“What Does Freedom Really Mean?”
One Billion Rising 2020 with Tamera & the Odemira Women’s Prison
Since 2012, countless groups have been rising every February 14 in dance and celebration to demand an end to violence against women and girls. Tamera participated for the 7th time this year, in joint action with inmates of the Odemira prison establishment. Janka Striffler – dancer, mother, community-builder and long-term co-worker of Tamera – shares some of her experience working with One Billion Rising and the women in prison. She has coordinated the One Billion Rising actions in Tamera since 2013 and currently serves as the campaign’s Portugal coordinator.
Janka Striffler, February 17 2020
One Billion Rising (OBR) is one of the biggest mass dance actions in human history. According to a UN statistic, one in three women and girls will be beaten or raped in their lifetime. That is one billion women and girls! OBR was launched in 2012 by Eve Ensler, playwright (“The Vagina Monologues”), actor, author and activist, to end this massive worldwide cruelty, aiming to mobilize one billion people every February 14 in celebration, joy and dance. Over 180 countries are rising this year.
In Tamera, we joined for the 7th time this year. In 2014, we danced at our cultural center, in the mud. In 2015, we were in our stone circle. In 2017, we went out to the beach in Vila Nova de Milfontes to rise for Mother Earth and against the plans for offshore oil drilling. In 2018, we took to the center of our municipal capital, Odemira, with the students of the local public school of Colos.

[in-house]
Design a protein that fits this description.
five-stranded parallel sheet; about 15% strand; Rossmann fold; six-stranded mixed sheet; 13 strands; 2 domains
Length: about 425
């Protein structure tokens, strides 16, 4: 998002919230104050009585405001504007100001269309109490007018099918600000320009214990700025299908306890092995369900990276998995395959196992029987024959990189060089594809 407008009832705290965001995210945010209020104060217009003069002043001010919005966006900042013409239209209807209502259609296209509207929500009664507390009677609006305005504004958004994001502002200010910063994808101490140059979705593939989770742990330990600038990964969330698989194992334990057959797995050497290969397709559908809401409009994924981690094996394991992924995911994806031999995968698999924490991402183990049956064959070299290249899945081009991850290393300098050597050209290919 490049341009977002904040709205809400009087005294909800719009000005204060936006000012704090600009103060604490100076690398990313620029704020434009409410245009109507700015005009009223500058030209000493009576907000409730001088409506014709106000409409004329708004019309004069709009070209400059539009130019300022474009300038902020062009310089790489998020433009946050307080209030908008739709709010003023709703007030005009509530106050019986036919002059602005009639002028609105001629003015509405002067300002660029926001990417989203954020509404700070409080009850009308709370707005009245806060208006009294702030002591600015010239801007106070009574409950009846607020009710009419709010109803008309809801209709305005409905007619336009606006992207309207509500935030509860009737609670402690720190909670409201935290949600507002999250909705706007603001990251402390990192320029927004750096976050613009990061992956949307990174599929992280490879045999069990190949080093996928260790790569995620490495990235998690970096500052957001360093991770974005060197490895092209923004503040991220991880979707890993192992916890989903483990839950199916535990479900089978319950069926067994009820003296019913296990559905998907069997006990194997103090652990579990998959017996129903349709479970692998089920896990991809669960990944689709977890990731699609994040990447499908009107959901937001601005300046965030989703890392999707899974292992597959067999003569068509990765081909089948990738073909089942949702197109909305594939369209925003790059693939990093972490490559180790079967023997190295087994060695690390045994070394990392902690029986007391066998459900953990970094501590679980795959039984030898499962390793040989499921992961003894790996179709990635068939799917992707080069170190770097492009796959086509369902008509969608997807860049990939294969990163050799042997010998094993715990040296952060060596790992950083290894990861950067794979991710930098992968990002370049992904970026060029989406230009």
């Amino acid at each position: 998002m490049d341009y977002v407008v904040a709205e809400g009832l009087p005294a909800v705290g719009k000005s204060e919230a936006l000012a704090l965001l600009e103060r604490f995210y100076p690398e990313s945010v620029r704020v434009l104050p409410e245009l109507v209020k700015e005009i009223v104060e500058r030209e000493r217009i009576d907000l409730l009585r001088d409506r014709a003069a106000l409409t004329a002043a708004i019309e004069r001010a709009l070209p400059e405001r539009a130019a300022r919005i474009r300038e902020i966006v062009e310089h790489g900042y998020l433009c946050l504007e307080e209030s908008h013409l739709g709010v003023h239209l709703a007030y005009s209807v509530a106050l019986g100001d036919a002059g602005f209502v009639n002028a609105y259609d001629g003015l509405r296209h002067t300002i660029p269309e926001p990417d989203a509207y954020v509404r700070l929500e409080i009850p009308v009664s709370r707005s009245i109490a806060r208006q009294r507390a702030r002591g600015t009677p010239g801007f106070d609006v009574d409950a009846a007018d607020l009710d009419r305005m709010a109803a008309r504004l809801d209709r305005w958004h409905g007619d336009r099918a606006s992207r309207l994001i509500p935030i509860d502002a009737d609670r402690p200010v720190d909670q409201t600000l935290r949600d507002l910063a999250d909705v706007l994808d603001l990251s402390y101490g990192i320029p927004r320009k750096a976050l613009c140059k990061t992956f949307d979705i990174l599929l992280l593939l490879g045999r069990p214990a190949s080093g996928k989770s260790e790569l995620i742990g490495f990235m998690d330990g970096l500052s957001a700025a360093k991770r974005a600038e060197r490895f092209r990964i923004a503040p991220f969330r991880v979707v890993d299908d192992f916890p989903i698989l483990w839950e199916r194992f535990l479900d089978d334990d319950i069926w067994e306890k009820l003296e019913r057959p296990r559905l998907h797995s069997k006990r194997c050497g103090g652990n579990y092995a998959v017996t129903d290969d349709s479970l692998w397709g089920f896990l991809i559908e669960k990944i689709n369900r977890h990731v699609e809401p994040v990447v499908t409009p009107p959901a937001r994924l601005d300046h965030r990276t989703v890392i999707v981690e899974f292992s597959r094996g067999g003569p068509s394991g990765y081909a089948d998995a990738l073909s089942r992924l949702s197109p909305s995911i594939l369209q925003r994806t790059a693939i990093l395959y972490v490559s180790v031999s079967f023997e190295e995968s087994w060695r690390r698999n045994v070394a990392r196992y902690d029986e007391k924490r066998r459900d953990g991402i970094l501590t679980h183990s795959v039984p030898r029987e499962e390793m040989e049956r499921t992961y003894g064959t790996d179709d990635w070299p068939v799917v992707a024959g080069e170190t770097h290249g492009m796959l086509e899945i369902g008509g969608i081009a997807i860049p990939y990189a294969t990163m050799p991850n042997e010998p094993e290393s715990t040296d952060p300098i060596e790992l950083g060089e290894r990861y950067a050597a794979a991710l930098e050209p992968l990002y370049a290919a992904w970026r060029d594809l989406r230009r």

“Raise the Vibration, Rise for Revolution”
The motto of this year’s campaign is “Raise the Vibration, Rise for Revolution.” In the invitation, Eve Ensler writes, “We are in the midst of a rising tide of right-wing nationalism, white supremacy, fascism, hatred of and fear of immigrants, climate destruction, […]. What we can do is remember we are many and we can raise the vibration through action, art, connection, imagination and love.
That is why we open the borders of our heart when the state builds walls, detention centers and refugee camps. That is why we reach out to include everyone in our circle of rising as the state creates further and further divisions between us. That is why we devote ourselves to developing trust and solidarity because this bond, once secure, becomes our wings. That is why we move our bodies so that the freedom and energy we shake loose becomes a new energy bringing in a new future. That is why we see, cherish, nurture, respect and protect our Mother Earth as we are not separate from her. Her life is our life.”
Following this call, we participated this year in a joint action with inmates from the Odemira women’s prison. The prison currently holds 55 women. The youngest is the age of my daughter, 23, and the oldest is 67. They’re offered workshops and activities and I feel blessed we’ve had the opportunity to work with them through OBR and to sit in council with them.
The Astonishing Impact of Dancing and Sitting in Circle